The lasting impact of movements, whether environmental or social, hinges upon the extent to which the movement emerges from the ranks of those most deeply affected. Similar to the Transition demographic make-up, social justice circles in Kingston draw white middle class activists with connections to the Peace, Civil and Women’s Rights movements of the 60s and 70s. ENJAN meeting participants, for example, are overwhelmingly white. A practical reason for this might be that at any given point in time 50% of Midtown residents are on parole curfews and cannot be out of their homes after 8:00pm to attend meetings.

Further exacerbating the non-intersection of Kingston demographic circles, Pastor Clarke observes that middle class people of color diligently maintain the same distance from those struggling financially in Midtown as their white non-activist counterparts. How might Transition initiatives bridge chasms of this magnitude, mirrored in towns and cities throughout the country?

Meanwhile, as climate change indifferently accelerates, resilience as measured by extreme weather recovery speed is extremely group specific. We’ve repeatedly seen throughout the state in the wake of Hurricanes Irene and Sandy, that electricity is restored much faster in networked neighborhoods with connections to resource persons who can turn on the lights, attend to the roads, and cut through insurance red tape.      

How will Transitioners address the fact that:
a) resource depletion and climate change will effect various groups in different ways?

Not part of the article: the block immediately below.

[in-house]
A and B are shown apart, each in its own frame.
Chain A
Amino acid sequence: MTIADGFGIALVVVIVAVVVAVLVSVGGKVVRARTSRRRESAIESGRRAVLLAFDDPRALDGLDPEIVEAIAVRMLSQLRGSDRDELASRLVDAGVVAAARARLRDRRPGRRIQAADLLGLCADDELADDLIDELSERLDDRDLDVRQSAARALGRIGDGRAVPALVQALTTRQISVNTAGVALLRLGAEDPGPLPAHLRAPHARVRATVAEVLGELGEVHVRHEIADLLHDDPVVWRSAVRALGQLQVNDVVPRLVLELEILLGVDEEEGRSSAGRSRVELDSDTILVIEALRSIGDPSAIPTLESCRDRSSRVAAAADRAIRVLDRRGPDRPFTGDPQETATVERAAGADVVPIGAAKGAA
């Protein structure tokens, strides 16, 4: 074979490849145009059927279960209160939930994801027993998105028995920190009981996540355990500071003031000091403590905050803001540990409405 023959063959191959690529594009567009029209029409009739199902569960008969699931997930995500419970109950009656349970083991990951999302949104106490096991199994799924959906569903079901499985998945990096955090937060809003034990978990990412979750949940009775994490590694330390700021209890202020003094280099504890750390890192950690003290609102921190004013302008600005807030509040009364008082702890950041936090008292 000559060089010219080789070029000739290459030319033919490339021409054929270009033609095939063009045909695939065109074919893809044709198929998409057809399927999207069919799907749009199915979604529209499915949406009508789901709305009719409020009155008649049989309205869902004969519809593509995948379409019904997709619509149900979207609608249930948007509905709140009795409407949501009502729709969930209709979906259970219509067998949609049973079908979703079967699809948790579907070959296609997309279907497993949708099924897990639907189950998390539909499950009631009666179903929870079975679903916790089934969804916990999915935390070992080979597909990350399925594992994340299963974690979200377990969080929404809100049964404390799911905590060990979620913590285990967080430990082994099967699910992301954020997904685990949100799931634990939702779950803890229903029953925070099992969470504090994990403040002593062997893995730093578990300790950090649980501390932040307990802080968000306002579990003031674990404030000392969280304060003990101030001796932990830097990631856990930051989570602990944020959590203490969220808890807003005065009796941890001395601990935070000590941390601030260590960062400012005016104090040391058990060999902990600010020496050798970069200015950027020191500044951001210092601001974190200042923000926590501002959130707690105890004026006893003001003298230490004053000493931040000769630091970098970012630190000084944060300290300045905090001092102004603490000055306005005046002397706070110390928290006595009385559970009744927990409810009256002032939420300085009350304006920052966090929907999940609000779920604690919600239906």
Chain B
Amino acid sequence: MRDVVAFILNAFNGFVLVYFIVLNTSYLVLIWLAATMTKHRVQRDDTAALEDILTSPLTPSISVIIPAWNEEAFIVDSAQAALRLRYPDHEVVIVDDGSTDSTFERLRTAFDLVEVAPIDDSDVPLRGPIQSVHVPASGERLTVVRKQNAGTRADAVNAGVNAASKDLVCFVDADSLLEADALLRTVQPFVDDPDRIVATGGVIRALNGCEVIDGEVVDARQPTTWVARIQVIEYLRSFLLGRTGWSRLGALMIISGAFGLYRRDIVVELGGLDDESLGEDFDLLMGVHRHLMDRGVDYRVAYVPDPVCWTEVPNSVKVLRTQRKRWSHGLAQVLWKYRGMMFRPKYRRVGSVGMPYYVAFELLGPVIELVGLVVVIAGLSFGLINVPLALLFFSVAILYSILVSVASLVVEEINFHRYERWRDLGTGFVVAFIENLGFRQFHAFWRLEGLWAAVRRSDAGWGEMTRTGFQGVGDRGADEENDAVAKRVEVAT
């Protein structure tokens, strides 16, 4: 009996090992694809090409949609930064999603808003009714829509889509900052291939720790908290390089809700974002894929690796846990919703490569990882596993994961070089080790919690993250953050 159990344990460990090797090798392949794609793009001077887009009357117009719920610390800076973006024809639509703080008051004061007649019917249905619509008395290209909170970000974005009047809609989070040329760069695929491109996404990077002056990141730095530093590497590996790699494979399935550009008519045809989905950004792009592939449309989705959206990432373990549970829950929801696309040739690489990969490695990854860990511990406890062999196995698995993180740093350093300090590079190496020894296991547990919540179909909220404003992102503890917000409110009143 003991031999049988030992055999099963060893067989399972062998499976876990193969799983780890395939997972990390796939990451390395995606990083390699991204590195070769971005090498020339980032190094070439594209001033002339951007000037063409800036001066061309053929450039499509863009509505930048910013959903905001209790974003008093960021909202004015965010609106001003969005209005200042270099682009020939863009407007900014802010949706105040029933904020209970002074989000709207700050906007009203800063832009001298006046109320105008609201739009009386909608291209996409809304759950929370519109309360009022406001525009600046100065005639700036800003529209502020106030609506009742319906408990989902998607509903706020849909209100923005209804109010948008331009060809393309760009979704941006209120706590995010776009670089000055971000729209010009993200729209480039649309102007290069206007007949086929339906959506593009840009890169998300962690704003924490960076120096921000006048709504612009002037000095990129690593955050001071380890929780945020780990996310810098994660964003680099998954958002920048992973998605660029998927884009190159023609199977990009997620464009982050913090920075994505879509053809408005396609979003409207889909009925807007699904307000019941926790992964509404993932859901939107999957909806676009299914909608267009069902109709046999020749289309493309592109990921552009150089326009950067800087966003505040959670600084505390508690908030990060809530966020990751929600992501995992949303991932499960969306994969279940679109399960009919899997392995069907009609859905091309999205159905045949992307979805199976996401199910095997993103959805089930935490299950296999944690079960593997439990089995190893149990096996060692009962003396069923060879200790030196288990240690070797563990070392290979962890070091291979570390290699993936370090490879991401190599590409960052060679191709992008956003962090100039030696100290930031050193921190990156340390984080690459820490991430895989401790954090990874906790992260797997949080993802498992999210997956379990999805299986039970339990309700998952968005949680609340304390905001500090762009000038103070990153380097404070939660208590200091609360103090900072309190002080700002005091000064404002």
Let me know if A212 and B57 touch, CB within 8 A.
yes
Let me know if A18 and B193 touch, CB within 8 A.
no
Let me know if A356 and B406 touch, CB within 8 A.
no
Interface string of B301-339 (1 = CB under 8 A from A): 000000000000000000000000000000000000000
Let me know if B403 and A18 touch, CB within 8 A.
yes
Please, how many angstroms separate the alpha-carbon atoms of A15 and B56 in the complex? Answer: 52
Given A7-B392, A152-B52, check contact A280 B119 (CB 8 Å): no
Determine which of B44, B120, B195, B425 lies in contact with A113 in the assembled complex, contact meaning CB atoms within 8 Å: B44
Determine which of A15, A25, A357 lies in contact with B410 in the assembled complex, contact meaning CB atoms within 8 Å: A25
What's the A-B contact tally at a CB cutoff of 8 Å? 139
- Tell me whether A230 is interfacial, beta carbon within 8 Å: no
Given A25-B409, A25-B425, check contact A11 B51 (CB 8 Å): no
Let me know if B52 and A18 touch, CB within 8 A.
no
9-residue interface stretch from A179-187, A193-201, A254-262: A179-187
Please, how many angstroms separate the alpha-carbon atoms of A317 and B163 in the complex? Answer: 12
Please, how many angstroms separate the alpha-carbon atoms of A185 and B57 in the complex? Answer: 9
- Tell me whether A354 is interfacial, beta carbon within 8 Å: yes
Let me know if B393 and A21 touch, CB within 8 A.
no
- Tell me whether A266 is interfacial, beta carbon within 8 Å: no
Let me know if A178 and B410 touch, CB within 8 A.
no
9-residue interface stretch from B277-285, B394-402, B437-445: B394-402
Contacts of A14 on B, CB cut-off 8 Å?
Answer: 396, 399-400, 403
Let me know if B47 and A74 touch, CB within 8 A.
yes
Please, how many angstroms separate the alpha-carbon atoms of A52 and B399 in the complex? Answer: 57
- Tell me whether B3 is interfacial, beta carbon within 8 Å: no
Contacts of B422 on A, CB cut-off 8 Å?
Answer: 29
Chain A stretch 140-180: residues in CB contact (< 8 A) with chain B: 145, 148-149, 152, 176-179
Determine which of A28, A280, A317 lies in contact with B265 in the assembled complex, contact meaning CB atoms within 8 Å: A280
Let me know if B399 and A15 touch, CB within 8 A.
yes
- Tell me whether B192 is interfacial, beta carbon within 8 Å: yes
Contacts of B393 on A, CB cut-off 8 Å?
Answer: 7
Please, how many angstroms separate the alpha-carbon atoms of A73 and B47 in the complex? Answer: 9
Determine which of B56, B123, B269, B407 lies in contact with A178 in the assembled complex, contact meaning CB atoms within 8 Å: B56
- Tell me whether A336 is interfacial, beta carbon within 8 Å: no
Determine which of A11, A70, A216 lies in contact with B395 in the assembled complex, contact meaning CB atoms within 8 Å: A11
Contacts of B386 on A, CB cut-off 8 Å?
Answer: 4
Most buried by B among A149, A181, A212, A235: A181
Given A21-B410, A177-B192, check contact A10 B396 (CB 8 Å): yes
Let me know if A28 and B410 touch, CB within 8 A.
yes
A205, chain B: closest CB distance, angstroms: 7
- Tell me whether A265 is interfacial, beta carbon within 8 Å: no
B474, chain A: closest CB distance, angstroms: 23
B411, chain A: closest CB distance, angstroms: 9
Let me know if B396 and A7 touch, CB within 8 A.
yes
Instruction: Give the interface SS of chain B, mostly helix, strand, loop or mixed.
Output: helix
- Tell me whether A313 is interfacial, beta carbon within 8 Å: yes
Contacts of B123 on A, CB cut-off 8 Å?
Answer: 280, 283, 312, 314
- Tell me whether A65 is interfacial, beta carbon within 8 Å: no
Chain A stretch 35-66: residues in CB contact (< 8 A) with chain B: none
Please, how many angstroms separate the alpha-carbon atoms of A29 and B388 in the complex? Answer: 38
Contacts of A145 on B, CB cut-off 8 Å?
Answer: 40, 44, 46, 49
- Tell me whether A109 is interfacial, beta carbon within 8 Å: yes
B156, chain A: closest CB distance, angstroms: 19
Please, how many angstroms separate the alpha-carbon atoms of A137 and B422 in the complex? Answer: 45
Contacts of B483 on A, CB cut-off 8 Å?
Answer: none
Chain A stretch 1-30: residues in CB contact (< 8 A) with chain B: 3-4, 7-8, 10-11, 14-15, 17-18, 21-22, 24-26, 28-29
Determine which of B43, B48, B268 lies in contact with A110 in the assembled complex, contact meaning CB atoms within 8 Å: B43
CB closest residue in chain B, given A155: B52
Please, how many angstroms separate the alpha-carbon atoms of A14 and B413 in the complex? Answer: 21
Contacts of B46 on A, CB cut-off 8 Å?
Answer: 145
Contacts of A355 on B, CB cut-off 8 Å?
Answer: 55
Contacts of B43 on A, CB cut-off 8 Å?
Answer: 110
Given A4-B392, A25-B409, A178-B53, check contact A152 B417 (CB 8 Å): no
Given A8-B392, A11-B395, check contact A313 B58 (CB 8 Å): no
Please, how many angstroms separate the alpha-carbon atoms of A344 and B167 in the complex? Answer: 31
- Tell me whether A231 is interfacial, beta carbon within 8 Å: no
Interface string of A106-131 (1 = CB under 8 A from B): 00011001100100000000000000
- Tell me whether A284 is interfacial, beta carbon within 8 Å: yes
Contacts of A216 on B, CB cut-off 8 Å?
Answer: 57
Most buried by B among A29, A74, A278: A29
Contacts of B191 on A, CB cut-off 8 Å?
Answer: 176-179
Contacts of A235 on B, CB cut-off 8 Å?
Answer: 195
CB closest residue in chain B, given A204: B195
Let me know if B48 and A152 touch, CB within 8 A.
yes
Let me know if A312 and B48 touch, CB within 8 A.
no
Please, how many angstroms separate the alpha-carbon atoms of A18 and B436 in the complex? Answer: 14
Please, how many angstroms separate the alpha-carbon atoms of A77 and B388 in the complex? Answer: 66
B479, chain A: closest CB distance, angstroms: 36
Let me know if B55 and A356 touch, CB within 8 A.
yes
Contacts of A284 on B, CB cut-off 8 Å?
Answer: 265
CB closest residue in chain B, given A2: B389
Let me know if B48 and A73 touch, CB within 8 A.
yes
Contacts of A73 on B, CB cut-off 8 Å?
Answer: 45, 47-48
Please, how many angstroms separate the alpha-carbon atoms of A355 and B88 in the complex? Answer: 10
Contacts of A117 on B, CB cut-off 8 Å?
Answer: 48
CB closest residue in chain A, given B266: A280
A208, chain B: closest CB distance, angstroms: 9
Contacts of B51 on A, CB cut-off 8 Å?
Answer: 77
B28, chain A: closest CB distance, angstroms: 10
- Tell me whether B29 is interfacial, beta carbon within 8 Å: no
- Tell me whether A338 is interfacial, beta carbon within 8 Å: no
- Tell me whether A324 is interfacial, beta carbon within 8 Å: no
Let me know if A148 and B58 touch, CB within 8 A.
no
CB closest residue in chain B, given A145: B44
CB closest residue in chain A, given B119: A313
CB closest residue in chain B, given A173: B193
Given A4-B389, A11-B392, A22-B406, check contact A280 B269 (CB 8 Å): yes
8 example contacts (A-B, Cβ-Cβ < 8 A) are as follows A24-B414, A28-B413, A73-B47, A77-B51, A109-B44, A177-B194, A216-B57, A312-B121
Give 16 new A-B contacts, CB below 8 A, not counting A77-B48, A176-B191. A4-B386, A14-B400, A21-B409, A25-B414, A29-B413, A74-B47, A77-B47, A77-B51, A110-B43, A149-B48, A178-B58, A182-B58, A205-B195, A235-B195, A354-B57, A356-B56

b) relocalization may not be equally as applicable to everyone?
c) some people are more adaptable than others given aspects of change that have more to do with historical power than place?

Diversification of the Transition movement is a litmus test that can indicate how prepared we really are to embrace a future transformed by climate change in which the old navigation coordinates will have evaporated. The degree to which we can calm the discomfort that often grips us when we are amongst people who appear to be radically different from us is the degree to which we are able to truly deepen our resilience as we wade into the unknown.

The Mid-Atlantic Transition Hub (MATH) will offer a webinar series entitled: “The Maturation of a Social Movement: A Regional Response to a Critique of the Transition Movement” on the Transition US website. The series will explore diversity in Transitioning among other issues raised in the Simplicity Institute critique. The first webinar session will be offered November 6, 2014. Registration online.

Pamela Boyce Simms is a Transition Trainer of the Mid-Atlantic Transition Hub (MATH) of Transition US